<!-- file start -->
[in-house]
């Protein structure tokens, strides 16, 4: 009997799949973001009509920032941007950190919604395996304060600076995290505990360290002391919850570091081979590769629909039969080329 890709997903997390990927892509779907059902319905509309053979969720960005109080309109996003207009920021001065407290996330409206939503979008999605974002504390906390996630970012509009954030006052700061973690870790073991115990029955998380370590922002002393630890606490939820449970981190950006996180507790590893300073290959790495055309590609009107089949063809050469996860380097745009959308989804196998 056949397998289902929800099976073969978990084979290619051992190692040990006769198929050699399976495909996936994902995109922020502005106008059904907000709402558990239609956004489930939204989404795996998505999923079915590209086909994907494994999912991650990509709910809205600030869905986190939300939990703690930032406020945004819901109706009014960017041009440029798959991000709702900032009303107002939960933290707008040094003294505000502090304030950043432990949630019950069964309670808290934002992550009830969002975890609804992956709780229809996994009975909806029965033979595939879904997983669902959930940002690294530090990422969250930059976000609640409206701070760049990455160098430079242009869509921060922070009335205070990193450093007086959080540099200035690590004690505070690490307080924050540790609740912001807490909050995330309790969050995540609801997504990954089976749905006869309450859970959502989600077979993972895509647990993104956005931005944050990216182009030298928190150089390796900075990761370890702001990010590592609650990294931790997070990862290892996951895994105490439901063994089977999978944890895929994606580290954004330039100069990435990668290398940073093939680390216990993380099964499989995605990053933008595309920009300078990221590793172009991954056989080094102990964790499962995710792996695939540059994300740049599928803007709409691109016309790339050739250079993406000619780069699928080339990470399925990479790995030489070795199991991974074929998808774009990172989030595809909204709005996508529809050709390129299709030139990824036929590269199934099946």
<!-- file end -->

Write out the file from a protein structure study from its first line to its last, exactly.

[in-house]
């Protein structure tokens, strides 16, 4: 009997799949973001009509920032941007950190919604395996304060600076995290505990360290002391919850570091081979590769629909039969080329 890709997903997390990927892509779907059902319905509309053979969720960005109080309109996003207009920021001065407290996330409206939503979008999605974002504390906390996630970012509009954030006052700061973690870790073991115990029955998380370590922002002393630890606490939820449970981190950006996180507790590893300073290959790495055309590609009107089949063809050469996860380097745009959308989804196998 056949397998289902929800099976073969978990084979290619051992190692040990006769198929050699399976495909996936994902995109922020502005106008059904907000709402558990239609956004489930939204989404795996998505999923079915590209086909994907494994999912991650990509709910809205600030869905986190939300939990703690930032406020945004819901109706009014960017041009440029798959991000709702900032009303107002939960933290707008040094003294505000502090304030950043432990949630019950069964309670808290934002992550009830969002975890609804992956709780229809996994009975909806029965033979595939879904997983669902959930940002690294530090990422969250930059976000609640409206701070760049990455160098430079242009869509921060922070009335205070990193450093007086959080540099200035690590004690505070690490307080924050540790609740912001807490909050995330309790969050995540609801997504990954089976749905006869309450859970959502989600077979993972895509647990993104956005931005944050990216182009030298928190150089390796900075990761370890702001990010590592609650990294931790997070990862290892996951895994105490439901063994089977999978944890895929994606580290954004330039100069990435990668290398940073093939680390216990993380099964499989995605990053933008595309920009300078990221590793172009991954056989080094102990964790499962995710792996695939540059994300740049599928803007709409691109016309790339050739250079993406000619780069699928080339990470399925990479790995030489070795199991991974074929998808774009990172989030595809909204709005996508529809050709390129299709030139990824036929590269199934099946």